Record crowds gather as Greek Fest returns to Darling Harbour

Sydney’s Darling Harbour turned blue and white on Sunday, February 19 as record crowds gathered to enjoy the Greek Fest.

Greek Fest Darling Harbour is one of over 25 events organised by the Greek Festival of Sydney this year to celebrate its 41st anniversary. All the events are proudly presented by the Greek Orthodox Community of NSW (GOCNSW).

Starting at 11am, Sydney’s Greek community were in for a treat as they enjoyed live music all day from bands such as Iho Nyx, Mistura and SousAnna’s. Konstantina Touni and Tryfonas Anastasiou also came direct from Greece to entertain the masses and drew loud applause.

Youth also put on their dancing shoes and costumes for Greek dancing performances by Sydney Greek Dancing School, Sydney Sizmos, Sophia Ventouris School of Dance, Cyprus Community of NSW Dance Group, and the GOCNSW Dancing Group under the instruction of Paroula and Nicole Thurban.

Amongst all the music and dancing, festivalgoers could be seen mingling with each other and browsing a number of stalls selling handmade jewellery, candles and religious icons.

One festival attendee, Reuben, who was from Ghana, brought his daughter River to the event to expose her to “a bit more culture.”

“I mean my best friend’s Greek and I love the food! The people are always kind and nice as well,” Reuben told The Greek Herald with a laugh.

With any festival, there were also a number of official guests in attendance including the Consul General of Greece in Sydney, Ioannis Mallikourtis; Archbishop Makarios of Australia; the NSW Premier, Dominic Perrottet; the NSW Labor Leader, Chris Minns; the Federal Member for Banks, David Coleman MP; the NSW Minister for Multiculturalism, Mark Coure; City of Sydney Councillor (Waskam) Emelda Davis; CEO of the Bank of Sydney, Miltos Michaelas; the President of GOCNSW, Harry Danalis; Chair of the Greek Festival of Sydney, Nia Karteris; and many other politicians and representatives from local Greek organisations.

The official proceedings began with a traditional smoking ceremony, followed by the singing of the national anthems of Greece and Australia by George Karantonis. Next up were speeches by the aforementioned special guests.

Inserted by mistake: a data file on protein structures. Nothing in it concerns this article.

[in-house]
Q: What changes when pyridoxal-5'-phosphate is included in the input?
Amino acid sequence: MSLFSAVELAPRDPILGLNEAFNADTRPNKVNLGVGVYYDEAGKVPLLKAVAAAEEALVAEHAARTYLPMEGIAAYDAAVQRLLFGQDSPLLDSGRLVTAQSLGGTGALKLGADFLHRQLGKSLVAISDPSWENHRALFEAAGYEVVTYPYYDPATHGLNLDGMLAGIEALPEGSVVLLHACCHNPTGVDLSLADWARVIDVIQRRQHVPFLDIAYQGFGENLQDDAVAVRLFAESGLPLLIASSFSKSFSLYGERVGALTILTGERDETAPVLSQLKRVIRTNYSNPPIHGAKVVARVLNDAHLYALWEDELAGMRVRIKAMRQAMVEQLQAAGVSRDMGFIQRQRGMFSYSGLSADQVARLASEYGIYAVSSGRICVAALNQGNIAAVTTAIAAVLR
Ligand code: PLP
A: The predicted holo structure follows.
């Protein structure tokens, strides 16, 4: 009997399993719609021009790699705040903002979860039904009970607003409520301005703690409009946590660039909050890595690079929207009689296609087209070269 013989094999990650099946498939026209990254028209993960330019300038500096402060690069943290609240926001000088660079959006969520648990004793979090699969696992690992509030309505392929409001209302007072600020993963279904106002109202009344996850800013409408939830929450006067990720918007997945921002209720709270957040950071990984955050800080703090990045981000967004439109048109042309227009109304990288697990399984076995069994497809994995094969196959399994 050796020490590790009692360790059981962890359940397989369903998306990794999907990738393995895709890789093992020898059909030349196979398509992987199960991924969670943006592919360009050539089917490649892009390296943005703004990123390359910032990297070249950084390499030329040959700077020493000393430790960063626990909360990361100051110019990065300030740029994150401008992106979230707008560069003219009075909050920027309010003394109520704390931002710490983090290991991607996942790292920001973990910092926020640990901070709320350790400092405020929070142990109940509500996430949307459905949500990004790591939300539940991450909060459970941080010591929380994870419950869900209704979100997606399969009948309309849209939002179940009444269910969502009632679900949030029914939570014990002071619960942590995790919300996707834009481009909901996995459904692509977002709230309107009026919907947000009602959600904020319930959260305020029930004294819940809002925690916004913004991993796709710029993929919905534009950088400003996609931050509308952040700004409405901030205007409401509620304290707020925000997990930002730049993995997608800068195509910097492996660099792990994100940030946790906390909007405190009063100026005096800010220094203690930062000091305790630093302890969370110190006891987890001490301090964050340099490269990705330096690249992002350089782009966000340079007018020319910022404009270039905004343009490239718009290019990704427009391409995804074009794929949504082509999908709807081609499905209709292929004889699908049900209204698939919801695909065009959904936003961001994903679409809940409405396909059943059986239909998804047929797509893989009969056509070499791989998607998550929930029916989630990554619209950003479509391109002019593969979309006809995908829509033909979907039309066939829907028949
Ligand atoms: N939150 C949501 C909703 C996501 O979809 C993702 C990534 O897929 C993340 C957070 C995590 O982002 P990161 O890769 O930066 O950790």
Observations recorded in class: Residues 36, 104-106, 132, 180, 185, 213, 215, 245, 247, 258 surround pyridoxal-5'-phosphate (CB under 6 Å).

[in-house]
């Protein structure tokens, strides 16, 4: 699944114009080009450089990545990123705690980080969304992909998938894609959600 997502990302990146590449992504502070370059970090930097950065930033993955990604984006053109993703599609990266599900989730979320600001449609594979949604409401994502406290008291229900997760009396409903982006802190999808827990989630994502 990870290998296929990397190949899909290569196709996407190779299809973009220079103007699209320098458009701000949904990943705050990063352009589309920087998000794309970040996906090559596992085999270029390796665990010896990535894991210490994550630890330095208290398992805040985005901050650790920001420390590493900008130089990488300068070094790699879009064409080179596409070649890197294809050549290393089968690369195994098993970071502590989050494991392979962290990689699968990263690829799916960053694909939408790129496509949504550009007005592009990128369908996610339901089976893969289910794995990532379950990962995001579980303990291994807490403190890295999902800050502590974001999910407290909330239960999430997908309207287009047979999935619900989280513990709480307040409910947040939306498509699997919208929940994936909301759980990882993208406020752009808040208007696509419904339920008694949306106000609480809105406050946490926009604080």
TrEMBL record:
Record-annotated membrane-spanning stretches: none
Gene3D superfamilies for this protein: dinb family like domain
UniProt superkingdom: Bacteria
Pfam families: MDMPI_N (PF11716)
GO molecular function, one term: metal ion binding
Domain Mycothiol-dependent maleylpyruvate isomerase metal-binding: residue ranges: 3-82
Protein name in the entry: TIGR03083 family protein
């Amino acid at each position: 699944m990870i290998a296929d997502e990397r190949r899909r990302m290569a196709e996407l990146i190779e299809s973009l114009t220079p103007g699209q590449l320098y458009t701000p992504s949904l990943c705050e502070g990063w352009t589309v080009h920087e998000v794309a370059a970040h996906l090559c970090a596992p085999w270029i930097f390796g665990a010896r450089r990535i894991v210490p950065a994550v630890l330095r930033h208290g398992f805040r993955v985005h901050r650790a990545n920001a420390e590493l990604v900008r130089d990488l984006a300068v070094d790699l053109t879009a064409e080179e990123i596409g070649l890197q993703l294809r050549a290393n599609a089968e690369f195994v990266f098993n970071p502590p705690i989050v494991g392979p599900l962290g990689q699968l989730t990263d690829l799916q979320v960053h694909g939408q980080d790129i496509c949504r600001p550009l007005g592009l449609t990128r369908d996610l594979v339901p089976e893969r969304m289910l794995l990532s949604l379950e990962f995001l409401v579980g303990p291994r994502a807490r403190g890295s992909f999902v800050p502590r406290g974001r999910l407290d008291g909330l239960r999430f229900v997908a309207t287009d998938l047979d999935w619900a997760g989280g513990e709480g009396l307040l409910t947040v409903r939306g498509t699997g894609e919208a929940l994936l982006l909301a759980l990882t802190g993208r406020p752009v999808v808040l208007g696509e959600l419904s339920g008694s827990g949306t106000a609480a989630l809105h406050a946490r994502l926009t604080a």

In his speech, the Premier Mr Perrottet reiterated the NSW Government’s pledge to invest $800,000 over the next four years to continue supporting the Greek Festival of Sydney. He also praised the Greek community for their valued contribution to NSW.

“This has become one of the biggest festivals, one of the biggest cultural festivals in NSW, but it’s also become one of the best. That is a tribute to our Greek community for having the foresight and the energy to keep this festival growing from strength to strength,” Mr Perrottet said.

Next to address the crowd was the NSW Labor Leader Mr Minns. In his speech, he stressed that the Greek Festival had “come a long way from its humble beginnings in the back streets of Marrickville.”

“I can only imagine that when the original festival was constituted the idea that it would spread to the middle of Sydney with tens of thousands of people and weeks of celebratory events, would’ve blown their minds away,” Mr Minns said.

“But it’s a tribute to the kind of dedication and work and the growing Greek community that we have in Sydney that that’s exactly what we have.”

At the conclusion of these official speeches, crowds gathered around the main stage in anticipation for the arrival of international singer, Alkistis Protopsaltis. Her performance left people singing along to her rhythmic music and people slowly jumped up to dance the night away.

   Alkistis Protopsaltis.


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